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A Guide to the French Words in English

When there is cultural contact between languages, borrowing words, also known as loanwords, may occur. The French language influenced English significantly over the years. There are many English words in art, cuisine, science, and more that look or sound just like French.

5-Minute Crafts rounded up some French words you may use in your everyday English, whether you are aware of it or not.

1. À la carte

“À la carte” means ’’from the menu; picking separate or individual dishes or foods from a menu in a restaurant instead of having a complete meal.’’

🔸In a sentence, you can use it as: ’’I’d like to order à la carte.’’

2. Dandelion

Dandelion means ’’dent-de-lion; the lion’s tooth due to the outline of its leaves.’’

🔸In a sentence, you can use it as: “Dandelion greens can be eaten cooked or raw.”

3. Denim

Denim means ’’de Nîmes, from Nîmes," which is derived from “serge de Nîmes.Nîmes is one of the southern cities in France, and serge is a sturdy fabric.

🔸In a sentence, you can use it as: ’’Denim entered into mainstream culture in the 1950s.’’

4. Au pair

“Au pair” means ’’on a par, equal to," or “on even terms,” which refers to the helpers coming from overseas or foreign countries to take care of the children and feel equal to the other family members.

🔸In a sentence, you can use it as: ’’We got a German au pair for 6 months.’’

5. Entrepreneur

Entrepreneur means ’’an individual who creates and/or invests in one or more businesses and undertakes the risk in one or multiple businesses." It was derived from the French word, “entreprendre,” which means “to undertake.”

🔸In a sentence, you can use it as: ’’An entrepreneur is more than just a risk-taker. He is a visionary.’’

6. Concierge

“Concierge” means ’’count of candles," which is derived from the Comte des Cierges, referring to the candle holders. Today, concierge means "an employee or a caretaker, doorkeeper of a hotel, apartment, house, etc.’’

🔸In a sentence, you can use it as: ’’The concierge was in charge of helping hotel guests.’’

7. Cul-de-sac

“Cul-de-sac” means ’’a road or a street that is closed off at one end; it’s a dead end." It was derived from “cul” (bottom), “de” (of a), and “sac” (bag). In French, however, dead-end means "impasse.’’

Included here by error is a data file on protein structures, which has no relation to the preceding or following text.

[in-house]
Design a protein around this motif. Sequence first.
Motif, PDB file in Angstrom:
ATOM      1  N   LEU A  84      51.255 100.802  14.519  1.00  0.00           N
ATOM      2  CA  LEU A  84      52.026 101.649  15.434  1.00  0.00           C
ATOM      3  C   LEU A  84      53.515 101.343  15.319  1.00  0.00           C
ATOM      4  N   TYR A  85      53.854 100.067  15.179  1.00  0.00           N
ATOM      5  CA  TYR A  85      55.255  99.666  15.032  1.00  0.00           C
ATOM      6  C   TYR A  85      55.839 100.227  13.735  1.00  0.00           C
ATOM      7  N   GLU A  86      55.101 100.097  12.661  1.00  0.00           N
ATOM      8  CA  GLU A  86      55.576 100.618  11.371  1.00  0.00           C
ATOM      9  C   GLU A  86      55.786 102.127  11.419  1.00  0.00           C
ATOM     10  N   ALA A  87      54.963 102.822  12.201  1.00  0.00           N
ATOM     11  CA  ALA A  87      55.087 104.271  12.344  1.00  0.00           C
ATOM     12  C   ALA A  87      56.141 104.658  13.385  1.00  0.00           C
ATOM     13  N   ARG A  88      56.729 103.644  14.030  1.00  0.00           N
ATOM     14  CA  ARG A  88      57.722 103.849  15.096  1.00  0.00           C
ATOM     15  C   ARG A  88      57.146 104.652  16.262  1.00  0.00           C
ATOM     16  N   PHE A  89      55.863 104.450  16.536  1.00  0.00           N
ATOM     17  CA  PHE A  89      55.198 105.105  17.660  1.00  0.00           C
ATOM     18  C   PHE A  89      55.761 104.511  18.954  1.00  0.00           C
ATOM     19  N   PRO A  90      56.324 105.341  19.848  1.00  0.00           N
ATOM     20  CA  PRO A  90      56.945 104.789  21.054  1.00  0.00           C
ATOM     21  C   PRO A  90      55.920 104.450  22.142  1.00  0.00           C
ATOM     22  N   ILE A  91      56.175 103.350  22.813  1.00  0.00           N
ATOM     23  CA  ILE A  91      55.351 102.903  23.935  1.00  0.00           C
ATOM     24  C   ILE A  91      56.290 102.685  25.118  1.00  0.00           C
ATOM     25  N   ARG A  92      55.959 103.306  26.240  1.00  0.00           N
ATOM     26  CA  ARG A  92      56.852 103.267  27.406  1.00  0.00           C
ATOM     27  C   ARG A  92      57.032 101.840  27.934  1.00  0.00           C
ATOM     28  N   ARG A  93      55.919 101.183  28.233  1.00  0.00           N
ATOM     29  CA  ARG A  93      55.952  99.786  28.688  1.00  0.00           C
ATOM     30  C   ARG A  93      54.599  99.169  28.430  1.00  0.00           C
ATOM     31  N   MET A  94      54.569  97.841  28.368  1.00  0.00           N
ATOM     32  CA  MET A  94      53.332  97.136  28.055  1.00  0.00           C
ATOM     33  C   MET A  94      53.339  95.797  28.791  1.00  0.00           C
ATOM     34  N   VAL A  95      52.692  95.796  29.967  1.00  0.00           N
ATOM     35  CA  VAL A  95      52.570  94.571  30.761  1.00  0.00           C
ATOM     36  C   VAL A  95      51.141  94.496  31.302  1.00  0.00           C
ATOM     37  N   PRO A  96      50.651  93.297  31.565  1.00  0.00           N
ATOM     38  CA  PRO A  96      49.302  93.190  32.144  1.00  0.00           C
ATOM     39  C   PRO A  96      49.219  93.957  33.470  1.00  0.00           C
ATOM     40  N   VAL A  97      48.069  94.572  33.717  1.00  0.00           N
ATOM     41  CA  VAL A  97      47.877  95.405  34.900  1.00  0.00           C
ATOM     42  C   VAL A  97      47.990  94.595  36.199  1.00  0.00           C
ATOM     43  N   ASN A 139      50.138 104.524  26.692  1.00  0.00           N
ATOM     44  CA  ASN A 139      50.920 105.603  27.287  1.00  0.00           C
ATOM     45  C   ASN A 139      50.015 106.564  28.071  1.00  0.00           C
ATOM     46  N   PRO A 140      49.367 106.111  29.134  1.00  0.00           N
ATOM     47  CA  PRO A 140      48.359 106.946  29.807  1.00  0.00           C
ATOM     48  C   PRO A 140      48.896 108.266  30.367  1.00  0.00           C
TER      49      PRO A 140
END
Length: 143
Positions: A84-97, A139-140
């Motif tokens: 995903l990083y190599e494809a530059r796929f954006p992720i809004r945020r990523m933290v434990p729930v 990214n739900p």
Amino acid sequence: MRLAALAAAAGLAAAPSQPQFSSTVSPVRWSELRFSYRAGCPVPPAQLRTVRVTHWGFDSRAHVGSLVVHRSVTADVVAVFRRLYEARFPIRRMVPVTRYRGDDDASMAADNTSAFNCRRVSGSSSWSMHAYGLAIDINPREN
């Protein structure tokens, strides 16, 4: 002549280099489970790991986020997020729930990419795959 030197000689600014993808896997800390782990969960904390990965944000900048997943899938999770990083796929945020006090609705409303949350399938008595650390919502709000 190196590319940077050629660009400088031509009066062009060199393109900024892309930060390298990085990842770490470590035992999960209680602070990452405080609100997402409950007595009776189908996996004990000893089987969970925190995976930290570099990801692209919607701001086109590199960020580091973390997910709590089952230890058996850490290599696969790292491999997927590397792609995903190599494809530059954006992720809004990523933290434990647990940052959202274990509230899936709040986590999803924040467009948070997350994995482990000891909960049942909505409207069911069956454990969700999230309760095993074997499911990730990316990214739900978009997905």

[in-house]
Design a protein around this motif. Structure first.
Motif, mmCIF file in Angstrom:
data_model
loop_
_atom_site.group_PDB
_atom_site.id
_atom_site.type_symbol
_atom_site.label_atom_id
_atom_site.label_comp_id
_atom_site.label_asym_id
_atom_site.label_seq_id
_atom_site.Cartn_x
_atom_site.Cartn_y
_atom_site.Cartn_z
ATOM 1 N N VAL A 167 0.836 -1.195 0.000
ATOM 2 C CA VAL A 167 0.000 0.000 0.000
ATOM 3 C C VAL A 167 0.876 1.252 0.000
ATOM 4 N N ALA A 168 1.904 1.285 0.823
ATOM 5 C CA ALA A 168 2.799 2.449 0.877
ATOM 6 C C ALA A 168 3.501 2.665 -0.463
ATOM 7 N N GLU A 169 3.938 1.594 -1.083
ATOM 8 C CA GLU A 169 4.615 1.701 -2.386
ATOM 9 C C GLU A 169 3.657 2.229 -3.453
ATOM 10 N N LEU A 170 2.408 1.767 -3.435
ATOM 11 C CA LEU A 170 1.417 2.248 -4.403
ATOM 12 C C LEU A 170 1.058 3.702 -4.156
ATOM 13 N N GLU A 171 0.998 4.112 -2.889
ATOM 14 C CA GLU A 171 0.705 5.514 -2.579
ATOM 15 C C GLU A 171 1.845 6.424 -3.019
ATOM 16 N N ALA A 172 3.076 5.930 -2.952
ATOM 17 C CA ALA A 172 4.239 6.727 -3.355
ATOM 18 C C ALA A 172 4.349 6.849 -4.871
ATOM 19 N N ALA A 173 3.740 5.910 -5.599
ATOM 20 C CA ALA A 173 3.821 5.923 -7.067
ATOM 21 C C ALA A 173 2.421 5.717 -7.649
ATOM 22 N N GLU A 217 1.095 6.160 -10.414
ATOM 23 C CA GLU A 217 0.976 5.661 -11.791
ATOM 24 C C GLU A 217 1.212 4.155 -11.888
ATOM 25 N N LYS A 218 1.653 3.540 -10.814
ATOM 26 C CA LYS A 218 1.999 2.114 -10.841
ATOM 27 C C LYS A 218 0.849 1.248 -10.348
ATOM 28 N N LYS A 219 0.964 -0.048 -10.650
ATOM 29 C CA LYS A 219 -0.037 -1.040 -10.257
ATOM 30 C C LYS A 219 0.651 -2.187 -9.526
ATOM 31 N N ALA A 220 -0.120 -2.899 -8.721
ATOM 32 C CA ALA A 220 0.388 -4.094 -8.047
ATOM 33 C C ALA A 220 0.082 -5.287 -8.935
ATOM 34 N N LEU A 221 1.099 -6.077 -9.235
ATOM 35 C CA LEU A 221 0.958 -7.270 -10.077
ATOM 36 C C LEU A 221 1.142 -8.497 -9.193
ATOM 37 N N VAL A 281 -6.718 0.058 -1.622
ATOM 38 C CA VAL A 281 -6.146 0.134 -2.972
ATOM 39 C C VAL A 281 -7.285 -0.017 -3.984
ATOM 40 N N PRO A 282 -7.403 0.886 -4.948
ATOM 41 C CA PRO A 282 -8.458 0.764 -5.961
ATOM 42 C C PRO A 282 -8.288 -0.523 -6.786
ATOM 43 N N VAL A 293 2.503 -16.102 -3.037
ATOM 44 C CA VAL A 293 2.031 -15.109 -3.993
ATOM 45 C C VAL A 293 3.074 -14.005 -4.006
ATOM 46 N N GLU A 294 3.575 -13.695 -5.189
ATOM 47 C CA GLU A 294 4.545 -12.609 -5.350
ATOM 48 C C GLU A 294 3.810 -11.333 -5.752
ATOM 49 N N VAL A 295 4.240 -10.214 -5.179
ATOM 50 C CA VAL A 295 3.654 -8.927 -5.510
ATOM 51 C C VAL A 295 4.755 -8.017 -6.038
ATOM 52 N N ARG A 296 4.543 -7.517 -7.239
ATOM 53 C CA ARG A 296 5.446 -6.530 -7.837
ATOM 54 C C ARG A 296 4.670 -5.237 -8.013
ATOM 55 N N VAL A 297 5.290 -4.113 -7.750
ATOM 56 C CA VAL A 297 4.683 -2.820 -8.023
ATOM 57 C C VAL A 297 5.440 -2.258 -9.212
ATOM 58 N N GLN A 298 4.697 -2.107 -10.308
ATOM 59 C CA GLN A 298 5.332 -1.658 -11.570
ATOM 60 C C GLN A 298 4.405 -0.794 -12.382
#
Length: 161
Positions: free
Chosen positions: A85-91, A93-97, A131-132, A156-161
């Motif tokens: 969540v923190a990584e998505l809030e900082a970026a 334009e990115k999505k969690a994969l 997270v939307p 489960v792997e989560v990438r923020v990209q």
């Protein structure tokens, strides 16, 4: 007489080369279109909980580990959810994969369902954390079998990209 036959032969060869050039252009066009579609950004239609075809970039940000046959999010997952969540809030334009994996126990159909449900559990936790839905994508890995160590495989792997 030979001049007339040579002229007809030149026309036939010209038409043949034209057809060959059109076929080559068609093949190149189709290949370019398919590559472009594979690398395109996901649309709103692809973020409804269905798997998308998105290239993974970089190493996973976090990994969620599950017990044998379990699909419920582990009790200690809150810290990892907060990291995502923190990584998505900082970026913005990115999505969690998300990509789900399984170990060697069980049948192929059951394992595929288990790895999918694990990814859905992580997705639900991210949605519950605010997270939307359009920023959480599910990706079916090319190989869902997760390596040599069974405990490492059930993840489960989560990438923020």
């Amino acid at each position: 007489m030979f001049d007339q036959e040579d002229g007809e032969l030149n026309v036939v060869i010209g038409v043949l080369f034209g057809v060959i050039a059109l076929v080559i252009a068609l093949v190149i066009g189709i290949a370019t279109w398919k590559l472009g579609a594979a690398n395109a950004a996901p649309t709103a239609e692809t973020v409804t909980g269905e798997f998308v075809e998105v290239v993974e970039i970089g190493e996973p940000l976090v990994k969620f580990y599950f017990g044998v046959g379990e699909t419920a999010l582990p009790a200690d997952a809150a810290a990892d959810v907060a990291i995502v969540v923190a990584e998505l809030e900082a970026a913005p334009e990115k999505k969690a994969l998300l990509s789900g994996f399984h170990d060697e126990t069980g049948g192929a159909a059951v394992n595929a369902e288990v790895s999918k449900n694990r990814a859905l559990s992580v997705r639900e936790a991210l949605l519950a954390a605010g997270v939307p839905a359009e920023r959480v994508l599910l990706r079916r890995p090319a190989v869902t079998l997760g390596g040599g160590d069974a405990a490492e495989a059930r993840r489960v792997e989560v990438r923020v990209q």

🔸In a sentence, you can use it as: ’’The vehicle was placed right at the end of a cul-de-sac.’’

8. Déjà vu

“Déjà vu” means ’’already seen, having re-seen, or experienced before; an instance that may have never actually happened.’’

🔸In a sentence, you can use it as: ’’I entered the room and immediately felt a sense of déjà vu.’’

9. Façade

Façade means ’’the front of a building (frontage) or the superficial appearance; it can also be written as the facade.’’

🔸In a sentence, you can use it as: ’’The facade of the building was a little weathered.’’

10. Hors d’oeuvre

“Hors d’oeuvre” means ’’a dish served before a meal to support the main course, or the various savory foods served as appetizers.’’

🔸In a sentence, you can use it as: ’’Soft drinks and hors d’oeuvres will be served during the reception.’’

11. En route

“En route” means ’’on or along the way or on the road," which is usually used as an adverb.

🔸In a sentence, you can use it as: ’’If you find yourself en route to the airport sans sunscreen, head here.’’

12. Faux pas

“Faux pas” means ’’a misstep, false step, mistake, failure, error, etc.’’

🔸In a sentence, you can use it as: ’’Arriving too early would be a serious faux pas.’’

13. R.S.V.P.

R.S.V.P.” means ’’Répondez s’il vous plaît," which literally translates to “If you please, respond,” or just “Respond, please.” It’s used to respond to an invitation.

🔸In a sentence, you can use it as: ’’You can even check who else has RSVP’d to attend.’’

14. Souvenir

“Souvenir” means ’’remember or recall; to remind you of something or any old memory.’’

🔸In a sentence, you can use it as: ’’Give up trying to buy a souvenir shirt.’’

15. Avant-garde

“Avant-garde” means ’’original or modern ideas, styles, or methods that develop experimental or new concepts." While “avant” translates to “before,” and “guard” (garder) translates to "keep or save.’’

🔸In a sentence, you can use it as: ’’He had no time for high avant-garde art.’’

16. Fiancé

“Fiancé” (for male) and “fiancée” (for female) means ’’the person who you will marry.’’

🔸In a sentence, you can use it as: ’’Have you met Christina’s fiancé?’’

17. Trespass

“Trespass” means ’’to go into a place without permission, or illegally which is against the moral law." A trespasser is a person who does trespassing.

🔸In a sentence, you can use it as: ’’I didn’t realize I was trespassing on their land.’’

Preview photo credit Depositphotos.com, Depositphotos.com
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